Young people and staff at Newbridge House have been “socking it to eating disorders” to mark Eating Disorders Awareness Week.

They wore brightly coloured socks and produced posters and bunting in support of the campaign, running February 22 to 28. Eating disorders awareness week is led by national eating disorders charity Beat, to raise vital funds and build wider understanding of the conditions that affect millions of people.

On Friday 26 February, people in schools, colleges and workplaces across the country were encouraged to wear bright and silly socks to show their support for eating disorders awareness.

Additionally, the creative art group at Newbridge made posters and bunting exploring the theme.

Senior occupational therapist Siobhan McTiernan explains: “We always support Beat’s Eating Disorders Awareness week at Newbridge House. We are very aware of the great work they do both in terms supporting people who have eating disorders and equally in building understanding of these disorders in society as a whole.

“Our young people really enjoy getting involved and playing their part in supporting Beat. We have many talented and creative young people, so it will be a bright and colourful day a Newbridge, all for a very good cause.”

For this year’s Eating Disorders Awareness Week, Beat is putting the spotlight on the impact eating disorders can have in the workplace and talking about what can be done to support an individual’s recovery at work.

This was in response to many calls to Beat’s hotline, from both individuals with eating disorders and concerned colleagues and employers looking for guidance about how to help.

Beat’s Eating Disorders a Work Survey 2015 found:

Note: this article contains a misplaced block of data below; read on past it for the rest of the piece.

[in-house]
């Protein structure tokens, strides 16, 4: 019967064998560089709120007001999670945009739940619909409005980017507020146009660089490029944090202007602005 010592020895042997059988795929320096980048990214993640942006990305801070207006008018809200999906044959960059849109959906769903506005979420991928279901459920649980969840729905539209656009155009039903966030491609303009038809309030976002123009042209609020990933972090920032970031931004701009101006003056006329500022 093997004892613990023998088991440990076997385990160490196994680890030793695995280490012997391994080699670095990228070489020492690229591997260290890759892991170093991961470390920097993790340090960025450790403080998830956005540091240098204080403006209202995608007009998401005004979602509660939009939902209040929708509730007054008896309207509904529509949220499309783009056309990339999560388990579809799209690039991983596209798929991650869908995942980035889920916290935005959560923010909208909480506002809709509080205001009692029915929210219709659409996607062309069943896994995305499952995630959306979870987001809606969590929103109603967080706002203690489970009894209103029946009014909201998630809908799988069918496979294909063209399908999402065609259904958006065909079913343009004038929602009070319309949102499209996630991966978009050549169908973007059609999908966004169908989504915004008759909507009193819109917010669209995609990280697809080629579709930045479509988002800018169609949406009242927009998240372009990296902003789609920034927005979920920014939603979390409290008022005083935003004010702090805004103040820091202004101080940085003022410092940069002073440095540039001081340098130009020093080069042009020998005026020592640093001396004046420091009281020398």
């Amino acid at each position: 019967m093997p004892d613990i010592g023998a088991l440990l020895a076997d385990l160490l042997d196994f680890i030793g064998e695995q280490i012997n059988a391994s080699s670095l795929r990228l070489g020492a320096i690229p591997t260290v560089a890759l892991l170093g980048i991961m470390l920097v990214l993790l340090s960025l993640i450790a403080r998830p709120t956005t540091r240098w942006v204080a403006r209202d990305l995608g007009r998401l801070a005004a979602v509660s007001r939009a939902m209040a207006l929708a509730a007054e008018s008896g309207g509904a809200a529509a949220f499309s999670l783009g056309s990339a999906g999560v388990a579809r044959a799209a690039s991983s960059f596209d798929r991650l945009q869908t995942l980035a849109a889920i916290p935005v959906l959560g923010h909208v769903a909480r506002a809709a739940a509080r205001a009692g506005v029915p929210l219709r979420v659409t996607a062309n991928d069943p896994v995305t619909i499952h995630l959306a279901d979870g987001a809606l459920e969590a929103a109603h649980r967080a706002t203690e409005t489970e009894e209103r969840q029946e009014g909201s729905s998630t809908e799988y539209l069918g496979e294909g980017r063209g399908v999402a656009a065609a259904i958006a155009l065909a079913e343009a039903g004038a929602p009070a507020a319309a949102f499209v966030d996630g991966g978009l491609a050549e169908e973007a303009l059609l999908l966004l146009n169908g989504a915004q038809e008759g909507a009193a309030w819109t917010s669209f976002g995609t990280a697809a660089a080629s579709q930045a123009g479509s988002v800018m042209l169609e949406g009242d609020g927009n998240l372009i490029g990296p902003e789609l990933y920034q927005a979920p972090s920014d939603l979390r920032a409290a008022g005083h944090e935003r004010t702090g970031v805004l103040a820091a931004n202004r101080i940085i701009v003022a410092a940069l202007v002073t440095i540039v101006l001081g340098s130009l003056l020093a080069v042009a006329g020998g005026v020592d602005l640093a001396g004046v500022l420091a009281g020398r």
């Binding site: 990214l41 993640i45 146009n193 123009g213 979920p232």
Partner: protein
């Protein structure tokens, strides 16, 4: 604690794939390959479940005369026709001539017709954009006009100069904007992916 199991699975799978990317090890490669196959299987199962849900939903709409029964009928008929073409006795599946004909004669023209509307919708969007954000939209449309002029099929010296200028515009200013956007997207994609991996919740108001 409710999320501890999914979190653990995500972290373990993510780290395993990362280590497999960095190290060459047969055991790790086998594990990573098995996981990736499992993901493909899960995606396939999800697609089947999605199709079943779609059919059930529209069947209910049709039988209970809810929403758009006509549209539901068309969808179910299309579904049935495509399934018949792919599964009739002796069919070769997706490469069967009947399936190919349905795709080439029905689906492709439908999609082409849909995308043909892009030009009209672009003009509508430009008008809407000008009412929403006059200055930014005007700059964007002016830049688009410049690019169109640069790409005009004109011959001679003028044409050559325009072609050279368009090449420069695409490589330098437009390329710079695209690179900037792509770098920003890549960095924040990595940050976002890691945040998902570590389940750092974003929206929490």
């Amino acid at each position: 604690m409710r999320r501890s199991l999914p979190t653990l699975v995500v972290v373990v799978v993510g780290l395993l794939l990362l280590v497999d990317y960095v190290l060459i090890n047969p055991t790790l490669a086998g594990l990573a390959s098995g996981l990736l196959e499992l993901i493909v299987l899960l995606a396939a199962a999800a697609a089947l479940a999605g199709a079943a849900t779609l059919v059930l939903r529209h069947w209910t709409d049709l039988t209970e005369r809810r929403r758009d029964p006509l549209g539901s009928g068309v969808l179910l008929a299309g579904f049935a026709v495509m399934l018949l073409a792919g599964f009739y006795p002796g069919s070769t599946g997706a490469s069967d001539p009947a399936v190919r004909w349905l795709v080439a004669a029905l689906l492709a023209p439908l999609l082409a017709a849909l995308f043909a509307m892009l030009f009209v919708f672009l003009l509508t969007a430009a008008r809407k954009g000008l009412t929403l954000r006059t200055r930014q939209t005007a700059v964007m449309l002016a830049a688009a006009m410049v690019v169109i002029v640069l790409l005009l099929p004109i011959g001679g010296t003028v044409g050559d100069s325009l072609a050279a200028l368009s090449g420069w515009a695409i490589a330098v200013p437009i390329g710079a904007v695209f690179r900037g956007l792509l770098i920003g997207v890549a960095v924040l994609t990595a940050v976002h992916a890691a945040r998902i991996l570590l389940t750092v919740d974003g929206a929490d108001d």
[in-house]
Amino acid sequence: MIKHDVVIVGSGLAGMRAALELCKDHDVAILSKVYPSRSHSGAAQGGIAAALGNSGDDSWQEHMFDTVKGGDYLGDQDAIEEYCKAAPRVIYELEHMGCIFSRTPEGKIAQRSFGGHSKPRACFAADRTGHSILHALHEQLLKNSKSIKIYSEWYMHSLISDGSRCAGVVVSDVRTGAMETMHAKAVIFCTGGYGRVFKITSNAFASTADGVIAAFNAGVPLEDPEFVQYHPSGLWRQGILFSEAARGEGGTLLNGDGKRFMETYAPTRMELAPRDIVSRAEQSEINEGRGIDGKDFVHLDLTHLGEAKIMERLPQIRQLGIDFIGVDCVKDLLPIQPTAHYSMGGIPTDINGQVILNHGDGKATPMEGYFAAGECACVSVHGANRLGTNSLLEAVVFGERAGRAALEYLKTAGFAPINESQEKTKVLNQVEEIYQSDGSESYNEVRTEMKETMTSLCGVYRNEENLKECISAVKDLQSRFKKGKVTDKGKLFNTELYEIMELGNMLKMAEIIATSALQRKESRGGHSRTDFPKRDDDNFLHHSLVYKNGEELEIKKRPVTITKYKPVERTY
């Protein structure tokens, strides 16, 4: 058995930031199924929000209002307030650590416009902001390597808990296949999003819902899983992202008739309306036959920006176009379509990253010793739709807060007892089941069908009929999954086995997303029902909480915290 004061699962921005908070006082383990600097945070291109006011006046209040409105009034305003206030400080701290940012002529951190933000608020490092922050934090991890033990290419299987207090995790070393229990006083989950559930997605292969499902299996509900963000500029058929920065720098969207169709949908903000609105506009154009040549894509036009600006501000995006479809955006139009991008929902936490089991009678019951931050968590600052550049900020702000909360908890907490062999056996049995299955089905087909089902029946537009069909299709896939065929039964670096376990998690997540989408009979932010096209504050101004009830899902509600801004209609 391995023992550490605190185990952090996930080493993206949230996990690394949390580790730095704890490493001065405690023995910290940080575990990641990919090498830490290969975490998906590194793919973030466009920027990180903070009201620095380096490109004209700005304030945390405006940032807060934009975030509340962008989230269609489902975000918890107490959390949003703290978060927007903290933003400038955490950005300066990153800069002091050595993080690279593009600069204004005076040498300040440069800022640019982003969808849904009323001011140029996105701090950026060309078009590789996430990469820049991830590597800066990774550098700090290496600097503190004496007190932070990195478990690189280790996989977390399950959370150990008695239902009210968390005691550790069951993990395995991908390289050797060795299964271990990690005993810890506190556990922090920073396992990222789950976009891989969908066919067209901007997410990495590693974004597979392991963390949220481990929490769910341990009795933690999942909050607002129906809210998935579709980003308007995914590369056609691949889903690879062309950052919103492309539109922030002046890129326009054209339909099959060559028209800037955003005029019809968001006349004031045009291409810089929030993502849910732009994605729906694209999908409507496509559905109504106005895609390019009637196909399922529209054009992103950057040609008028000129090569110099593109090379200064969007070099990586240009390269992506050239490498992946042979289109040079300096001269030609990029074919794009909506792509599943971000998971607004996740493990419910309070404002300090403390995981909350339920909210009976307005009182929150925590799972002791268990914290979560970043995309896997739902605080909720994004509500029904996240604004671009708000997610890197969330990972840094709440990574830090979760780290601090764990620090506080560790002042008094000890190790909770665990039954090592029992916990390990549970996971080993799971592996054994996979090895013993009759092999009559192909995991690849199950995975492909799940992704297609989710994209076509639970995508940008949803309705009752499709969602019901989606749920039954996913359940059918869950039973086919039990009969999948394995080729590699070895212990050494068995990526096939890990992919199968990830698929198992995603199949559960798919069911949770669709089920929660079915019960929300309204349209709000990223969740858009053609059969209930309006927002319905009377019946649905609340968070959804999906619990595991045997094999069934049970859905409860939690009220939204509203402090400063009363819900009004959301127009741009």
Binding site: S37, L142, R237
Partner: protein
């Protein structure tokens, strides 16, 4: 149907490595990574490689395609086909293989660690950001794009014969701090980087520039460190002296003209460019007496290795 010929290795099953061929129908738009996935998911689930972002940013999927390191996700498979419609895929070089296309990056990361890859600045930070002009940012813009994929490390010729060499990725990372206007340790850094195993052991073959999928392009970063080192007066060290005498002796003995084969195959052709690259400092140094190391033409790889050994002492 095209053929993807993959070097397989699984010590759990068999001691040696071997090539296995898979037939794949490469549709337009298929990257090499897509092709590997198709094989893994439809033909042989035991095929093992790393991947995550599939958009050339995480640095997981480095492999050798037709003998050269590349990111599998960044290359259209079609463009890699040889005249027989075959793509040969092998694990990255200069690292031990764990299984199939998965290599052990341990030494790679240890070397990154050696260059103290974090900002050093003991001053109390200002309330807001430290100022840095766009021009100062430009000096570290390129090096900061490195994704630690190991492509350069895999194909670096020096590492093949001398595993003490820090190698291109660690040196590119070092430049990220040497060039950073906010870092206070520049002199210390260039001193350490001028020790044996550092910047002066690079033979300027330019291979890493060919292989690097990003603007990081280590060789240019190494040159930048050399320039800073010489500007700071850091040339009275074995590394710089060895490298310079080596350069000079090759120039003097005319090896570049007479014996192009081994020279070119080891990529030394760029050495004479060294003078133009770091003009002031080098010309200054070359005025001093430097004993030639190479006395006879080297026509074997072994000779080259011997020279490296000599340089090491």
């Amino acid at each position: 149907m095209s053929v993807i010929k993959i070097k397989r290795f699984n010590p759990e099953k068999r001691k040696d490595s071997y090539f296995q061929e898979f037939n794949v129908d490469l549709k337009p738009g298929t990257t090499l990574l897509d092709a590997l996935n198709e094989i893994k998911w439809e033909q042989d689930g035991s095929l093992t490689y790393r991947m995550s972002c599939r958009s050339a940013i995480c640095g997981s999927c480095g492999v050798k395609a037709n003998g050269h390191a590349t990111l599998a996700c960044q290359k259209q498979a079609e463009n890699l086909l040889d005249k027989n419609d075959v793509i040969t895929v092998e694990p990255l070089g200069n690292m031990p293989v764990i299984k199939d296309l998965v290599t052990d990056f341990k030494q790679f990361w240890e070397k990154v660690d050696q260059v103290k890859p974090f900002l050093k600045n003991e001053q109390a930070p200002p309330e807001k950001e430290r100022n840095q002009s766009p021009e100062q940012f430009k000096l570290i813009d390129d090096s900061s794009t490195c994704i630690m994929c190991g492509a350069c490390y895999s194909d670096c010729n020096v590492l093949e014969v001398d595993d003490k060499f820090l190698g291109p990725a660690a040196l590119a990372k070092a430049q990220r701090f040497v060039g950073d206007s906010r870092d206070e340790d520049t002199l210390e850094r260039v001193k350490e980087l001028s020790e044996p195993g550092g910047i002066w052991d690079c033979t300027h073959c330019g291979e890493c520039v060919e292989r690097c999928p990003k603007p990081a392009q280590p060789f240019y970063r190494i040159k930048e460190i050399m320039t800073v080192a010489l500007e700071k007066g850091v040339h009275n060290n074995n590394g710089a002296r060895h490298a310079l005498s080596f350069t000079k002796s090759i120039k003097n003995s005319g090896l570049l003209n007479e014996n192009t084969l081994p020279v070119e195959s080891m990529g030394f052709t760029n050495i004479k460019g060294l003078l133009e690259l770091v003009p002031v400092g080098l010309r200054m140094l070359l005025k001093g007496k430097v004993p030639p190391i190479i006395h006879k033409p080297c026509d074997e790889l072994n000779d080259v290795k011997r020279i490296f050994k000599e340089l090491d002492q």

• More than 30% of people felt they were stigmatised or discriminated against because of their eating disorder at work
  • Nearly two in five people said their employers’ impact on their recovery was ‘unhelpful’
  • Two thirds of people were unable to access a formal or informal mechanism of support for their eating disorder at work

Rachel Matthews, clinical manager of Newbridge House commented: “This is a really important and relevant theme. As a provider of services for people aged eight to 18, once young people leave our service, they usually return to school or college.

“We work closely with schools and colleges to ensure the understanding and support mechanisms they need are in place.

“All of us spend a great deal of our time in our workplace, school or college and for someone who has an eating disorder, our work or education environment can have a powerful impact in terms of supporting recovery, or unfortunately, making things worse.

“We welcome the focus on this area and the recognition that schools, colleges and workplaces have an important, positive role to play in tackling eating disorders.”